Scanning Electron Microscope

Scanning Electron Microscope

Scanning Electron Microscope

Scanning Electron Microscope (SEM) is an important tool for imaging material surface as well as for identifying chemical signatures. The UF Geology department recently established a SEM laboratory equipped with EVO MA10 XVP which is one of the most upgraded models in the Carl Zeiss’ EVO series (as of 2008). Among various features of this model, followings are considered to be directly beneficial to a wide range of users: (1) it can dynamically image partially wet, hydrated samples, (2) VPSE detector can generate sharp cathodoluminescence images, (3) analytical working distance can be variable from 2.0 to 20 mm without compromising any other functionality, (4) 5-axis motorized stage can be fully tilted for imaging large samples with very uneven surface. Detailed description of this model is available at the manufacturer’s website.

Detectors

  • The present SEM system is equipped with following detectors for diverse applications:
  • Secondary Electron Detector (SED)
  • Variable Pressure Secondary Electron Detector (VPSED)
  • Backscattered Electron Detector (BSD)
  • Energy Dispersive X-ray Spectrometer (EDS or EDX: “GENESIS XM2” manufactured by EDAX)
  • Cathodoluminescence detector (CLD: “MiniCL” manufactured by Gatan)

Targets and Sample Preparation

SEM Sample Coater

SEM Sample Coater

The targets can be almost any type of solid materials having resistance to incident electron beam (<30 kV). Common examples are metal, rock, soil, glass, plastic, polymer, fiber, ceramic, concrete, biological entities, or any combination of these.

The MA10 introduces controlled pressure of water and air to the chamber. Interacted with secondary electrons, the introduced water molecules become ionized, efficiently neutralizing charges (electrons) accumulating on the sample surface. Because of this capability, the MA10 can generate a stable signal for non-conductive specimens, eliminating the need of coating those with conductive substances. This capability allows for users to perform SE/CL imaging and EDS analysis with least chemical contamination of the target – this aspect is important for some applications which require multiple experiments on a single specimen with minimal interference. If coating is desirable for your applications, the Denton Sputter Coater (Desk IV) with carbon evaporation accessory is available in the lab.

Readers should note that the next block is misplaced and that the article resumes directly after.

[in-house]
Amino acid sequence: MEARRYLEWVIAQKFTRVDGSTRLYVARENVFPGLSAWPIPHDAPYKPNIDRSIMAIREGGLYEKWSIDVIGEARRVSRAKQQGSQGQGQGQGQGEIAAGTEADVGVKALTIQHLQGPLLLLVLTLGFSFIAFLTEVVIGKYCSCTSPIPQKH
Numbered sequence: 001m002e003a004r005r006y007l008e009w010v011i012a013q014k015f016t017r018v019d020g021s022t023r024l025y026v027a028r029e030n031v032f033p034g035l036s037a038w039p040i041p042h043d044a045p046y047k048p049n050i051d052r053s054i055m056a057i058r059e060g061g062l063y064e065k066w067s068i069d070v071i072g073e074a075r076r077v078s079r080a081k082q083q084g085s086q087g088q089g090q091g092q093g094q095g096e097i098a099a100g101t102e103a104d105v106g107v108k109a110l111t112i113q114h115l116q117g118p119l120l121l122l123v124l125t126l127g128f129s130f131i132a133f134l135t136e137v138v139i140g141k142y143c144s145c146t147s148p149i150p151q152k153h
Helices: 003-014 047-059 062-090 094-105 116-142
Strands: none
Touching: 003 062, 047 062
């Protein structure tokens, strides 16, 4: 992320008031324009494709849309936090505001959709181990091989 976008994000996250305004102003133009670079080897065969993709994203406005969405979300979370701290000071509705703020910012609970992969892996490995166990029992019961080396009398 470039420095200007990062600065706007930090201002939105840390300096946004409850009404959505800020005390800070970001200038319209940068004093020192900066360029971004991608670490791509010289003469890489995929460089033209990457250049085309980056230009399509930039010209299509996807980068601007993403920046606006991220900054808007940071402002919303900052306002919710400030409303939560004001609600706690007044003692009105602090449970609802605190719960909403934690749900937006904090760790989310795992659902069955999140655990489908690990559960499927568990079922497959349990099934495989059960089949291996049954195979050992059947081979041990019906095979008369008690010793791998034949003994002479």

Future Upgrade

If there is enough demand, the current SEM system will be upgraded by adding water kit (coolstage and vapor introduction kit) in order to improve the capability of analyzing fully wet samples (max chamber pressure=750 Pa). We also plan to install Wave Dispersive X-ray Spectrometer (WDS) for more quantitative, in-situ elemental analysis.

Rates

University of Florida Non-Profit Organization Profit Organization
Without assistance $30/hr $45/hr $65/hr
With assistance* $60/hr $90/hr $120/hr

*Assistance is required at the beginning stage of sample analysis for any new users.

People

Dr. Kyoungwon “Kyle” Min (Assistant Professor of Geology)
Dr. Ann Heatherington (Laboratory Director)

Please contact Dr. Heatherington to schedule your analyses.